He requested Hey Ya and then we talked a bit more. Apparently he knew french and by some marvelous coincidence liked the song Liberta. He told me the younger generation is more like that song but the older one is very suspicious and very much in the thrall of post-Socialism. To underscore what we’d talked about, after Liberta a man came to my case, stared with a goofy smile at me like I was some monkey and slavishly said “Konichiwa” with no tip. I responded with a thank you, and though he looked confused a second he persisted with another “Konichiwa.” I tried to explain I know one Japanese song but I’m American (in a mixture of English and Polish) but I needed my new friend to help explain. He didn’t get it (well dressed businessman, educated looking type) and when he left he kept looking back at me, confused and smiling idiotically.

After bidding my new friend farewell and leaving him to his salesmanship, I passed a tiny gypsy girl of maybe 7 sawing at a violin with a little purse in front of her: she was killing it in money. This is why I’m getting to despise busking. It’s what you look like and not what you sound like. Ugh. I decided to hit up the exhibit on Solidarność Gosia recommended. I spent the better part of two and a half hours there – one of the best overviews of Socialism I could imagine. Simple, concise and effective it showcases both how terrible we can be and how we can hope. As only the second museum type thing I’ve been to thus far on this journey it was well worth the five PLN. One thing it reminded me of was how much I’d forgotten from all my East European history classes – I kept recognizing names and places and dates but not remembering the context or the event in great detail. I pride myself on my memory and this was quite disappointing for me.

Monument for the Fallen Shipyard Workers of 1970. It’s poignancy is incredible when one knows the entire story not just of it’s commemorating event but how it came to be.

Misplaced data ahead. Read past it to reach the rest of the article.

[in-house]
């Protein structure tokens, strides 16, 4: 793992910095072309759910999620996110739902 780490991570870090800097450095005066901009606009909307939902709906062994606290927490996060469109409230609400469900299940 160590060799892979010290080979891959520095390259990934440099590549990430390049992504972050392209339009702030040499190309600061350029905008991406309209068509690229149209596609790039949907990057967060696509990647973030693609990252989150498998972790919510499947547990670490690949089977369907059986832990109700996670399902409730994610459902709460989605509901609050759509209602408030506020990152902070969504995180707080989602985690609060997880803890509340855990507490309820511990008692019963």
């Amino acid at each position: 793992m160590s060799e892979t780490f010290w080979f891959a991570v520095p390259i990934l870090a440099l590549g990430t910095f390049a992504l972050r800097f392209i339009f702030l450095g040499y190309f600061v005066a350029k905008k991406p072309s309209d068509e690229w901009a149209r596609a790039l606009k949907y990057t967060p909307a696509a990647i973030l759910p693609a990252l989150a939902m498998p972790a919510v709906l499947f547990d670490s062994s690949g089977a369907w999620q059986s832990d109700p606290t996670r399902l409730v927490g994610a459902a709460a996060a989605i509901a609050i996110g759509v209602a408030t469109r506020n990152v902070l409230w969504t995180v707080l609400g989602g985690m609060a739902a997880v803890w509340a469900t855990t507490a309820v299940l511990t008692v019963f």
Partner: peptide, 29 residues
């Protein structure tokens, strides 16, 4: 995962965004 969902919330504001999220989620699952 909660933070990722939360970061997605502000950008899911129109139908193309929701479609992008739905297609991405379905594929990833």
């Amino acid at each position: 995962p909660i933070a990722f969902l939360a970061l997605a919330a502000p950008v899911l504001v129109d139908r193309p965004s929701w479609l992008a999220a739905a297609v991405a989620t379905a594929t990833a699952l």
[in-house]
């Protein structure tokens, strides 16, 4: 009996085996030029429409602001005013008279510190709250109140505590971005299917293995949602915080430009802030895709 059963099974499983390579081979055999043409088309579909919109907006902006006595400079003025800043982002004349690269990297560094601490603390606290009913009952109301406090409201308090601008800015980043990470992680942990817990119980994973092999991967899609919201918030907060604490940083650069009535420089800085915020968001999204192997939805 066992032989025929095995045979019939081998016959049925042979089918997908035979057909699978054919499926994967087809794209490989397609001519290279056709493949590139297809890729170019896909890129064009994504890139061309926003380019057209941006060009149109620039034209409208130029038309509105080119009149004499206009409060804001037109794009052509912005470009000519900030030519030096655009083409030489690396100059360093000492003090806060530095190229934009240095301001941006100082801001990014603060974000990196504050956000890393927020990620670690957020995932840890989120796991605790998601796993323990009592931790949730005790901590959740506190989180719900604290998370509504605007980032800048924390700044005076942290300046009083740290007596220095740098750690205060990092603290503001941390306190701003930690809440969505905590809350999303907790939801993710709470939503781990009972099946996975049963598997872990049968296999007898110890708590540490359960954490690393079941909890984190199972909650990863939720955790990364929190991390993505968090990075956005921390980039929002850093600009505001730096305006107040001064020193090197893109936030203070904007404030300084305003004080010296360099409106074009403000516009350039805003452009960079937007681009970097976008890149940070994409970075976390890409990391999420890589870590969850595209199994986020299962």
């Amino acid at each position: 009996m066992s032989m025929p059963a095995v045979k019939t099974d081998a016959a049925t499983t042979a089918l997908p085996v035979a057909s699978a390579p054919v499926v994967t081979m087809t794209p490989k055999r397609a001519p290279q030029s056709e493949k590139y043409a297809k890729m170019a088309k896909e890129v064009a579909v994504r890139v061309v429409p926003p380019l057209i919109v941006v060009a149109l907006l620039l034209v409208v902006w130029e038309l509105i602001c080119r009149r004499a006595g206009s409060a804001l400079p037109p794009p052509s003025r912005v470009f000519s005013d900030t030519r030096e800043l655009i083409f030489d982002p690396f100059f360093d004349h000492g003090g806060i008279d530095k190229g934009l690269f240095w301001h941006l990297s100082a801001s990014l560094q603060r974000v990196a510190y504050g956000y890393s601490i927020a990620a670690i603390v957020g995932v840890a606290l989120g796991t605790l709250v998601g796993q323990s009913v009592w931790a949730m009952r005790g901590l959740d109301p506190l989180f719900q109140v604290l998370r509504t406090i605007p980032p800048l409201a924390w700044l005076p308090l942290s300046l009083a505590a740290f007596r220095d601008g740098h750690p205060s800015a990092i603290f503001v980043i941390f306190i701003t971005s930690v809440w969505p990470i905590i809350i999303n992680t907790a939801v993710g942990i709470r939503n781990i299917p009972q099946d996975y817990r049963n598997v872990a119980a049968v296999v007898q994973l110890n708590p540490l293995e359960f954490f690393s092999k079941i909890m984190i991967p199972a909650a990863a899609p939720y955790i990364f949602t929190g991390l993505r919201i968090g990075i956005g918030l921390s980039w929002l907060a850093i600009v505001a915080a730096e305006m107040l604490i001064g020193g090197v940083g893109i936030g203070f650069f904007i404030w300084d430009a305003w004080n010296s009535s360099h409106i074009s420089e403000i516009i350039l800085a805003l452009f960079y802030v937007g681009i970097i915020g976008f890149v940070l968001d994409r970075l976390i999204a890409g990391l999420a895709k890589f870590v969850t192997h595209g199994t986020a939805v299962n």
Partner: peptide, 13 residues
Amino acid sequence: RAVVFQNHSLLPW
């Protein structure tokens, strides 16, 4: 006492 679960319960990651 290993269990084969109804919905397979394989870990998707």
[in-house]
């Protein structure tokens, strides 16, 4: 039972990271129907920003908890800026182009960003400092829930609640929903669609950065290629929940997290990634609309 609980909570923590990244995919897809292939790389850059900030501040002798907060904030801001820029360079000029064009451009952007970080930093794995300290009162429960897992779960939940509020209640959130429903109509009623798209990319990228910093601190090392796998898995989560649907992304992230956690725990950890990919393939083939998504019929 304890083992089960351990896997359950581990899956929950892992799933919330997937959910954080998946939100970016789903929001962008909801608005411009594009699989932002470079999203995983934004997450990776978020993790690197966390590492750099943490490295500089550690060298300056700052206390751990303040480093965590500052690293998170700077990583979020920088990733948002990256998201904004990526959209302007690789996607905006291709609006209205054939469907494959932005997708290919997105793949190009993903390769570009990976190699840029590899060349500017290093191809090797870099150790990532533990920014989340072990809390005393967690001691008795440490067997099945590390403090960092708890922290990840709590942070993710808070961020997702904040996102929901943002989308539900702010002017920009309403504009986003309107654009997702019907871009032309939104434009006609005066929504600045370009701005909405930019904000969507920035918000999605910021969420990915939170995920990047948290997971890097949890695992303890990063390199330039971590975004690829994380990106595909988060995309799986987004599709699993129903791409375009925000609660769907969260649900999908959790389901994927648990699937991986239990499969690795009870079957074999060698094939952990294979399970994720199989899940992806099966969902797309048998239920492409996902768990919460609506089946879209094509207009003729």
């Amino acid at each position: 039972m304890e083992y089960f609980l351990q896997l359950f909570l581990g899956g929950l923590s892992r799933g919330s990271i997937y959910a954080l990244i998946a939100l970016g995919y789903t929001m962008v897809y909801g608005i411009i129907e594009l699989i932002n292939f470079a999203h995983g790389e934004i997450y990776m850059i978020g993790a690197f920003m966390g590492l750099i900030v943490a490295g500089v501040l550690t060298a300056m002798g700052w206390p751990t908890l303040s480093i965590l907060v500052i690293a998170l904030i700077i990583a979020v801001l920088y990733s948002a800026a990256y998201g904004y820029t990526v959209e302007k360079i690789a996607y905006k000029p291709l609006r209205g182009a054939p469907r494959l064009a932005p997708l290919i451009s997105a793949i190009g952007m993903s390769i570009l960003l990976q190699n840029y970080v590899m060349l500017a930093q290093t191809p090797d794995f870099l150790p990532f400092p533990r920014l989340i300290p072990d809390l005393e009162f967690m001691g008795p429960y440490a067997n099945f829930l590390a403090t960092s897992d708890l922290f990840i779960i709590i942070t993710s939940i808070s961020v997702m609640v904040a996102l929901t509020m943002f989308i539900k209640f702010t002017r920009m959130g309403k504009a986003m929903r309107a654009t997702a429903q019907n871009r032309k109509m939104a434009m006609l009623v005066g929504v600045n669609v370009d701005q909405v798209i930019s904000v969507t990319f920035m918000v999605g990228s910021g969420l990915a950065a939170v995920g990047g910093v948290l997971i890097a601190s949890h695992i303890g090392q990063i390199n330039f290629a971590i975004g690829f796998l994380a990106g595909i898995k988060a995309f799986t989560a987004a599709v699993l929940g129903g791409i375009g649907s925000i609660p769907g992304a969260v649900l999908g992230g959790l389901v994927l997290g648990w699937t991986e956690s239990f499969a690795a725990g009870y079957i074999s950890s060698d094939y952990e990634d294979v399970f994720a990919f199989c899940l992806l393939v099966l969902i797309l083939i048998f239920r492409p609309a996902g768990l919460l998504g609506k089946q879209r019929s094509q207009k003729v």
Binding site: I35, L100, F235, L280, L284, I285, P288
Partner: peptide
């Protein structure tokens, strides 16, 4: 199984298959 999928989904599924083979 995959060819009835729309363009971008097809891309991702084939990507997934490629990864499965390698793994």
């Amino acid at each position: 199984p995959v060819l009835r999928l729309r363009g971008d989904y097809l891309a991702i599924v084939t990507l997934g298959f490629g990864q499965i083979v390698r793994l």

When I entered the exhibit the sun shone intensely and hot but when I arrived the sky was so completely and thickly overcast it felt like nightfall. I ran to the Fountain of Neptune to rendezvous with Gosia and we met just in time to duck into a jewelry store to hide from an absolute deluge: rain on a level of honesty I haven’t seen since being in Florida – thunder and all. As luck would have it I met a wonderful woman in the shop who hailed from Inverness and West Hartford (how close can you get to my most recent homes, eh?), an artist who wished me the best of luck and confirmed me in my thoughts on art therapy and early childhood education. A blessed encounter for sure.

Gosia and I seized a short letup to dash to the tram station. Our bus didn’t leave Wrzeszcz (yes, that’s seven consonants and one vowel) for another hour so I set up a pitch in the underpass. I felt uneasy doing so with some raucous young football fans (of the local Lechia) nearby but with Gosia there I felt I was safe. It turns out I was right to wary of them. As soon as I started they moved in a pack from the bottom of the stairs to the liquour store across the way and as they passed they jeered with “Ching Chongs” and pulled at the corners of their eyes. It was a long line for them, however and their moods changed.

Im guessing the initial outburst was a display of macho-ness and dominance and not their true personages, because after another song two of them left the line to tip me, with apologies etched in their eyes. They spent most of the rest of the time in line faced towards me and my crowning achievement was at the end, when one of the original jeerers, the second to last to acquire his alchohol, took his precious 3,17 PLN purchase and set it carefully in my case. Now that’s a huge tip in terms of emotional value. Gosia later translated his exchange with his buddy: “Why’d you give him the beer?” “He sings really well!”

Police passed me during this short pitch and stopped at my peripheral to listen till I finished. Many couples and other passersby stayed too. Unfortunately none of them tipped. The tunnel was also frequented by many homeless and gypsies, which surely didn’t help my image – one of these begged a sandwich off Gosia but wanted money, eventually tossing the sandwich in the trash after walking away. The amount of “monkey out of his cage” stares I got here was staggering – I wouldn’t have perservered without Gosia. And the beer? Well, I gave it to Gosia’s dad, happily, with a “Prosze.”

Zebra drinking a rainbow for less racist days.

Earnings: 35,38 PLN + (can) beer, 1.5 hours
Song of the Day: Libertà – Pep’s